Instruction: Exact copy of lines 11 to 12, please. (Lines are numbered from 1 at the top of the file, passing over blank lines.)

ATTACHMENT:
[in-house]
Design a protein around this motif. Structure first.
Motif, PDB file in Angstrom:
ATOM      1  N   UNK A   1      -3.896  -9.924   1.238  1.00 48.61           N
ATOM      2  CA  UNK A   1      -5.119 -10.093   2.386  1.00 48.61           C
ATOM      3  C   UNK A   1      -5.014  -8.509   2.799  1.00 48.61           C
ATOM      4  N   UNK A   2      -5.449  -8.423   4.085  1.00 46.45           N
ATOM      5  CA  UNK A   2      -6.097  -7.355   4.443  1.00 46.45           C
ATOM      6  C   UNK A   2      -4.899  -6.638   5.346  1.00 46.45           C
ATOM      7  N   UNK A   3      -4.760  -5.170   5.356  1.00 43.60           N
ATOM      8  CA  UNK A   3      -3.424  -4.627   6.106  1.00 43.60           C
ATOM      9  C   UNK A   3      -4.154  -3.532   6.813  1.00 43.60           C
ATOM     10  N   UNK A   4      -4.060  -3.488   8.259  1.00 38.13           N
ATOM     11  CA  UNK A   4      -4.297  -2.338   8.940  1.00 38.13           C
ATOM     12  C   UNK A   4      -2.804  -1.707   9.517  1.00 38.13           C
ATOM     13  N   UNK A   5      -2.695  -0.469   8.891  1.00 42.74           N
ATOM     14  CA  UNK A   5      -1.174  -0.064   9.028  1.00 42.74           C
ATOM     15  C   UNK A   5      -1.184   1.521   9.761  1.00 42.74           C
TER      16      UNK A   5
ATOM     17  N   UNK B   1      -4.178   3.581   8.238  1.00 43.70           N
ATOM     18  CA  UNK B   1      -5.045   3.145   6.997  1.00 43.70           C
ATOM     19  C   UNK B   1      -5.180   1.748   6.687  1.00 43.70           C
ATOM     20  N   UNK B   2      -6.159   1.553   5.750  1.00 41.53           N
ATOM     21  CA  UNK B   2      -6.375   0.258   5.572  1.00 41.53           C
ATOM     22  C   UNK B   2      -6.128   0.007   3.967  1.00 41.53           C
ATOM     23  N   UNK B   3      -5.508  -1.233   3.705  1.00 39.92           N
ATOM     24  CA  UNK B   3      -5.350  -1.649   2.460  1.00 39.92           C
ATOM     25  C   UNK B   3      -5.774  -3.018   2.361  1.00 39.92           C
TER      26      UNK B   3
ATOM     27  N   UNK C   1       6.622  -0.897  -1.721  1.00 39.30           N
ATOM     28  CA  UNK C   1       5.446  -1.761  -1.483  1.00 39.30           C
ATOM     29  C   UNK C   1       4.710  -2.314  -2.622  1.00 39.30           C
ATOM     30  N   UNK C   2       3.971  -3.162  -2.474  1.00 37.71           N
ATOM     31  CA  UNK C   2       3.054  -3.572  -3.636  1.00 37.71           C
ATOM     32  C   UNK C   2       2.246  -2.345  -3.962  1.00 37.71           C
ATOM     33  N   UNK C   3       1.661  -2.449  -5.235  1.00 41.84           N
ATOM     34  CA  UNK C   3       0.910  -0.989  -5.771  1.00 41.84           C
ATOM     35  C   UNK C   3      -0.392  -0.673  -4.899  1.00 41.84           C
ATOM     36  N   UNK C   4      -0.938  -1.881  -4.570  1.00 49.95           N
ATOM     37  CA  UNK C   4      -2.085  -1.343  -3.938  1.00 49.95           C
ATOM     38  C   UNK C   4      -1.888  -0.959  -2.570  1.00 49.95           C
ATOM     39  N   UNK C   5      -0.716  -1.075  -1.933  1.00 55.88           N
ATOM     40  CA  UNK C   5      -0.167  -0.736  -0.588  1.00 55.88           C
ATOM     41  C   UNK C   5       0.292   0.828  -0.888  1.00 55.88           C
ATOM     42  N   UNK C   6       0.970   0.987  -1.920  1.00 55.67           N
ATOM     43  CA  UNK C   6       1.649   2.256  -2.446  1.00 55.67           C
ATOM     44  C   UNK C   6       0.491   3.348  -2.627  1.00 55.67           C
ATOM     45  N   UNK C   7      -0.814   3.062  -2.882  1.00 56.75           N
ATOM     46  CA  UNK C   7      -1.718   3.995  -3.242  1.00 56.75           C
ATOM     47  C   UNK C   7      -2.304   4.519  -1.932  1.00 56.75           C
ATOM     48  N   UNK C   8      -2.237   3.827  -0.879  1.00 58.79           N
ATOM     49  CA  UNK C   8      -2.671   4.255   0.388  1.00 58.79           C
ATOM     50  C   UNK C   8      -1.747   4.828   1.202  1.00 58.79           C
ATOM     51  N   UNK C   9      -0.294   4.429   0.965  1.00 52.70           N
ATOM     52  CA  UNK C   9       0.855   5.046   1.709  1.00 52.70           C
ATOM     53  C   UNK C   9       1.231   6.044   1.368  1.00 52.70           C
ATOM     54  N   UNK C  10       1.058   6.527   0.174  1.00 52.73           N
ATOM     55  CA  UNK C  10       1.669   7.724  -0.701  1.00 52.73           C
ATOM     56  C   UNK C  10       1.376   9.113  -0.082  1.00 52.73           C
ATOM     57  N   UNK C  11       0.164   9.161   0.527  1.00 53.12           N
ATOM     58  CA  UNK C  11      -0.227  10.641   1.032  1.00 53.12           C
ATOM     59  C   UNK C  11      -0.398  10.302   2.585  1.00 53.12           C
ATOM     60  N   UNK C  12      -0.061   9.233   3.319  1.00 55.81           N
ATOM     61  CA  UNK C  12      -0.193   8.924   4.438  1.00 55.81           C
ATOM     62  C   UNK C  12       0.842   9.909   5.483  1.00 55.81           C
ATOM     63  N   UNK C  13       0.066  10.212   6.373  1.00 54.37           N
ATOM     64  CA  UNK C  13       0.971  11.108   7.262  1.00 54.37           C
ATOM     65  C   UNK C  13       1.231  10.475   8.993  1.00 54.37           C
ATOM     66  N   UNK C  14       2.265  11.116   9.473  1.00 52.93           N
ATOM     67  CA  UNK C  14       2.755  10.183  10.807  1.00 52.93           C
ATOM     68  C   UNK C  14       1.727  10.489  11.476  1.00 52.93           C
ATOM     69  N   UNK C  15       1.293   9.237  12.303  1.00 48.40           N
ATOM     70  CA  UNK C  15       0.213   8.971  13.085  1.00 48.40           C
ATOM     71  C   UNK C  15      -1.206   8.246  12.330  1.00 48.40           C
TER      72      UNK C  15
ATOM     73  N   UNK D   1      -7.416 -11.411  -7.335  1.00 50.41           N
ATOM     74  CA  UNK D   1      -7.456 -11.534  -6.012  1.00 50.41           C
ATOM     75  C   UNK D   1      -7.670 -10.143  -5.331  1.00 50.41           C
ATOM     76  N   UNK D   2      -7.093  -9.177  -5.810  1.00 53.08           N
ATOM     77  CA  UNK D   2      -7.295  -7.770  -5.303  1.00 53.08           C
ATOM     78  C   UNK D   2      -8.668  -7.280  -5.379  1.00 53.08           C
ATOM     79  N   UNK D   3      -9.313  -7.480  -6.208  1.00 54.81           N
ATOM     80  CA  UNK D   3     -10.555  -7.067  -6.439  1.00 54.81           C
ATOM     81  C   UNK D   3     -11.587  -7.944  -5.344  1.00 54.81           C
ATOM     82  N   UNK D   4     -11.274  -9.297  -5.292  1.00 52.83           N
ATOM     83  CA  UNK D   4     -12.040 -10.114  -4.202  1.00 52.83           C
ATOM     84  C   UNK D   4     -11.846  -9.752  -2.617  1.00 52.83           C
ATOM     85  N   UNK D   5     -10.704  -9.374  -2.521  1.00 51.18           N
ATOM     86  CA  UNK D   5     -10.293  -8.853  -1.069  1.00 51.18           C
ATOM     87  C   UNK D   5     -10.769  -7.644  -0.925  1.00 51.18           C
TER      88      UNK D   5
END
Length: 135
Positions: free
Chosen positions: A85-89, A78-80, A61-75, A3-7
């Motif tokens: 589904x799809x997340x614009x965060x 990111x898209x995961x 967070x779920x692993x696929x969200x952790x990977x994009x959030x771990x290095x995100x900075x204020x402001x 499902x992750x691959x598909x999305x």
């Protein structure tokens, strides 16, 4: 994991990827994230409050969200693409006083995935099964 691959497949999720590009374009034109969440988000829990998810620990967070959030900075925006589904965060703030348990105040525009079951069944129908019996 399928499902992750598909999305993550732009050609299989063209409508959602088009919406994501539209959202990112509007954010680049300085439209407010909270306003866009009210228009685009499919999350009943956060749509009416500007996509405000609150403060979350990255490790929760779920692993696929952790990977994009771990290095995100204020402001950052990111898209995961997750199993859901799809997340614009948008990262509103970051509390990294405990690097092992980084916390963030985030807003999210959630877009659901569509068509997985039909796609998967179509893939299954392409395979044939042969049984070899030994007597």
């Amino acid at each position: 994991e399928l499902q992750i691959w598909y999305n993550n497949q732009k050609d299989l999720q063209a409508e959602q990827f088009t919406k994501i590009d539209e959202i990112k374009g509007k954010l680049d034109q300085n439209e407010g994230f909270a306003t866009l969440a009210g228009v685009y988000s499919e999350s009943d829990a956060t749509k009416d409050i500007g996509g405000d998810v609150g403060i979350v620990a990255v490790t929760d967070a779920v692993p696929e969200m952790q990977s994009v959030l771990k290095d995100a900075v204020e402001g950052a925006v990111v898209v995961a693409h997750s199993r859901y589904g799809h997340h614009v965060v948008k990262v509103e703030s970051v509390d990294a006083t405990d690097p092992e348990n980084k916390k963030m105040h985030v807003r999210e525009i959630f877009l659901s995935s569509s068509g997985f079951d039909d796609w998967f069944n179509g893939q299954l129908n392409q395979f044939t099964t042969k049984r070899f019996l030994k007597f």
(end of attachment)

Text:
ATOM      8  CA  UNK A   3      -3.424  -4.627   6.106  1.00 43.60           C
ATOM      9  C   UNK A   3      -4.154  -3.532   6.813  1.00 43.60           C